October is Domestic Violence Awareness Month and West Texas A&M University provides resources to those who want or require assistance who have been abused or know someone that has been.
“Because rapists often re-offend, one failed response can equal additional victims. Start by Believing will lead the way toward stopping this cycle, by creating a positive community response, informing the public, uniting allies and supporters, and improving our personal reactions,” said the WTAMU Police Department Start By Believing webpage.
The WTAMU police department provides information and links on their webpage to programs that offer resources that are searching for help such as Start By Believing, Victim Link and Seek Then Speak. Start by believing is a campaign that promotes public awareness of dedicating an end to the cycle of silence that can occur when a victim is afraid of reporting their abuser.
“Because a friend or family member is typically the first person a victim confides in after an assault, each person’s reaction is the first step in a long path toward justice and healing,” said the WTAMU Police Department Start By Believing webpage. “Knowing how to respond is critical—a negative response can worsen the trauma and foster an environment where perpetrators face zero consequences for their crimes.”
Seek The Speak is an anonymous program providing victims and survivors of sexual assault answers to potential questions and when they are ready to report, will inform them of their options. Users can choose to be anonymous when working the program but will have access to law enforcement or a victim advocate when they are ready to report. This program can be used over the phone, through the mobile app or on their website at SeekThenSpeak.org.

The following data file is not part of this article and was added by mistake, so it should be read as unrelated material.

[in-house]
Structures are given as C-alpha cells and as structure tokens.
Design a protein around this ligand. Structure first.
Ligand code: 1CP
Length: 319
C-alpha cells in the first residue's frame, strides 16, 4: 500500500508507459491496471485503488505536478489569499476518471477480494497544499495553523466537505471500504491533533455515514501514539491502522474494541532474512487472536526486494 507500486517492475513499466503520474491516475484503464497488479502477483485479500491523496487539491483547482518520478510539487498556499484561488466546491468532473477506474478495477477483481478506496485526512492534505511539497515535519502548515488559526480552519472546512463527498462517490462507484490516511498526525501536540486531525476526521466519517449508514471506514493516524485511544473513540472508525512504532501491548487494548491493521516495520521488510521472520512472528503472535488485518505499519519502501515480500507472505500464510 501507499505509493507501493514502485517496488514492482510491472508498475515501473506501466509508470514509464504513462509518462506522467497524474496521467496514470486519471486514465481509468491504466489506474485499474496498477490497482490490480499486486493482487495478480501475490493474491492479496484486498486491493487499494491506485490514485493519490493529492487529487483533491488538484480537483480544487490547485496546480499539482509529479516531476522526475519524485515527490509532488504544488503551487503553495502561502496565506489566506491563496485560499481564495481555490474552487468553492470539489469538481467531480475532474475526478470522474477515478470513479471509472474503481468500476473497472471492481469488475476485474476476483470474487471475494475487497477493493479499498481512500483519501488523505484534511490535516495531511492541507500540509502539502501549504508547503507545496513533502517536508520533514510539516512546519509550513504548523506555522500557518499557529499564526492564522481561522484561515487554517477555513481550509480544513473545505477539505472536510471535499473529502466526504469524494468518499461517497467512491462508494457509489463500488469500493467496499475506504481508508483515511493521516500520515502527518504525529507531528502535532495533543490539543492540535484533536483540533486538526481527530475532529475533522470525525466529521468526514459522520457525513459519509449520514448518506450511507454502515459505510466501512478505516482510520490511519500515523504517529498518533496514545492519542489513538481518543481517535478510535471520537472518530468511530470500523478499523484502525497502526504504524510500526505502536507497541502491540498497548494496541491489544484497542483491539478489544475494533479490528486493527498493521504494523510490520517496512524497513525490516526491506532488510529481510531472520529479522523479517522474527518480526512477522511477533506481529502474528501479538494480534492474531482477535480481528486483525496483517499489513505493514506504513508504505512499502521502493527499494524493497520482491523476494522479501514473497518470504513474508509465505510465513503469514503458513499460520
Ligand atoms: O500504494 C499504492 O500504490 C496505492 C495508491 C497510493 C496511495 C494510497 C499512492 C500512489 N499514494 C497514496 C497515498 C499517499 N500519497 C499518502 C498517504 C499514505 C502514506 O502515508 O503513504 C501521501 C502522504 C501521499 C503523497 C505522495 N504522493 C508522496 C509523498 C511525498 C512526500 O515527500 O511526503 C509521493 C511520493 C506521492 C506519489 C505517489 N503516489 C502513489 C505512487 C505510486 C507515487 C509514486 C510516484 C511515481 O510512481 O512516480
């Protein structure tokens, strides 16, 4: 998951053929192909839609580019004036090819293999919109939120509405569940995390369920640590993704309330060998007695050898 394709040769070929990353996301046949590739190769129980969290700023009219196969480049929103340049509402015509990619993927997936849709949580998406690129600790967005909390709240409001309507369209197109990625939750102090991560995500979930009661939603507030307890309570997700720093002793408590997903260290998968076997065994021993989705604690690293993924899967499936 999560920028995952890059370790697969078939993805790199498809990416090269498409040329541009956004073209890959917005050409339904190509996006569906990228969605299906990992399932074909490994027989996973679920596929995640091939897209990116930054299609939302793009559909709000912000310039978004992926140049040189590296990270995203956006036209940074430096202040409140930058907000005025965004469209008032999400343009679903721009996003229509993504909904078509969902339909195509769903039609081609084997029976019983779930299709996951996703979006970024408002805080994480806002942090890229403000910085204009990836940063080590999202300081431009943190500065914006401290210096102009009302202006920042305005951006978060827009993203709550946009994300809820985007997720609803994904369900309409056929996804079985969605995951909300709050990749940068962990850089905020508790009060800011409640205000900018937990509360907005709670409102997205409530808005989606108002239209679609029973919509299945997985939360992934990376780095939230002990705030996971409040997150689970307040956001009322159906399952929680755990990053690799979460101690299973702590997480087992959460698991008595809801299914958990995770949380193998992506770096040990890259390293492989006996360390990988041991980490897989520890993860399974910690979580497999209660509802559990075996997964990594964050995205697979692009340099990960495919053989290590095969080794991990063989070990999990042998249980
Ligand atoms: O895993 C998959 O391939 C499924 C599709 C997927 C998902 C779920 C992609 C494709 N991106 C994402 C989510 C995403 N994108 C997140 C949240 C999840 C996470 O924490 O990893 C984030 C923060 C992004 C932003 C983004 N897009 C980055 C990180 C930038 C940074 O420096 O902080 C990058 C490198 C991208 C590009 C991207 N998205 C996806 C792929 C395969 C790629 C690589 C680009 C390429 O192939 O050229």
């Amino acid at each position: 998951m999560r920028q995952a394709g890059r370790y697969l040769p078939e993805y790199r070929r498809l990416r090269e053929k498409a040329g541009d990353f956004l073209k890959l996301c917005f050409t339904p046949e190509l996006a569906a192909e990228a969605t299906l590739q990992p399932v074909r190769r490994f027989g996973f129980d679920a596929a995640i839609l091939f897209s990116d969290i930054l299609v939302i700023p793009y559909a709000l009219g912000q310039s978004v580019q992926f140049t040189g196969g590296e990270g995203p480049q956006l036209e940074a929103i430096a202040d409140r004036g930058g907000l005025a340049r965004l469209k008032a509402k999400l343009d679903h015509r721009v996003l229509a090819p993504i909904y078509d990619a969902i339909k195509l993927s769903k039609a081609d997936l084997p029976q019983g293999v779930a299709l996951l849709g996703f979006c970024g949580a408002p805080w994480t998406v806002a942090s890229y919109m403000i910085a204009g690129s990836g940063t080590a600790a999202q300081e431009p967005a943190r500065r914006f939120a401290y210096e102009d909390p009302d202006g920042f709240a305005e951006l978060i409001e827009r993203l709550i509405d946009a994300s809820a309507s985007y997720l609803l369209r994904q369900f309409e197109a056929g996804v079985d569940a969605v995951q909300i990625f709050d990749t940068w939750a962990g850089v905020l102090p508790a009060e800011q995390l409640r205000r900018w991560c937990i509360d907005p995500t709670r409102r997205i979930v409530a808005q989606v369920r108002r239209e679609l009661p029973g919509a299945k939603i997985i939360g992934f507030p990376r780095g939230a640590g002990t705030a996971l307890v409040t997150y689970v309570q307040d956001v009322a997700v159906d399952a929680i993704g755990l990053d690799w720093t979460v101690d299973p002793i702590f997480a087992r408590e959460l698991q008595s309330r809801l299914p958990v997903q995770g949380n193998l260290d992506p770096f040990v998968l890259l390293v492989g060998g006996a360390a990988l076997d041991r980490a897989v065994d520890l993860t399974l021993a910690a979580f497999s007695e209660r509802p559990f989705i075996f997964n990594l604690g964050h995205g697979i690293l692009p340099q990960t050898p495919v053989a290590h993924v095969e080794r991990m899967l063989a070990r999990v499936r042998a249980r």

“Approximately 1 in 5 (21.3% or an estimated 25.5 million) women in the U.S. reported completed or attempted rape at some point in their lifetime…About 1 in 14 men (7.1% or nearly 7.9 million) in the U.S. was made to penetrate someone else (attempted or completed) at some point in their lifetime,” said the National Center for Injury Prevention and Control of the Centers for Disease Control and Prevention.
That statistic was reported in the CDC’s The National Intimate Partner and Sexual Violence Survey: 2015 Summary Report. The National Center for Injury Prevention under the CDC conducts this study and provides a report every five years. These reports can be viewed on the CDC website under violence prevention and data sources.
“Our mission is to lead, mobilize and raise our voices to support efforts that demand a change of conditions that lead to domestic violence such as patriarchy, privilege, racism, sexism, and classism. We are dedicated to supporting survivors and holding offenders accountable and supporting advocates,” said the National Coalition Against Domestic Violence website.
The NCADV is a grassroots organization that envisions a national culture in which all people are safe, empowered and free from domestic violence. Their website has statistics and resources for those who are suffering from domestic violence or those who want to help those victims. The website also features a “safety exit” button at the bottom right hand side of the screen that when clicked, redirects to the abc news website so that those who are not in a safe situation can quickly leave the page before their abuser finds out what they were searching.
If you or someone you know is a victim or survivor of domestic violence, please call 911, contact UPD at 806-651-2300 or go to SeekThenSpeak.org or ncadv.org for more information.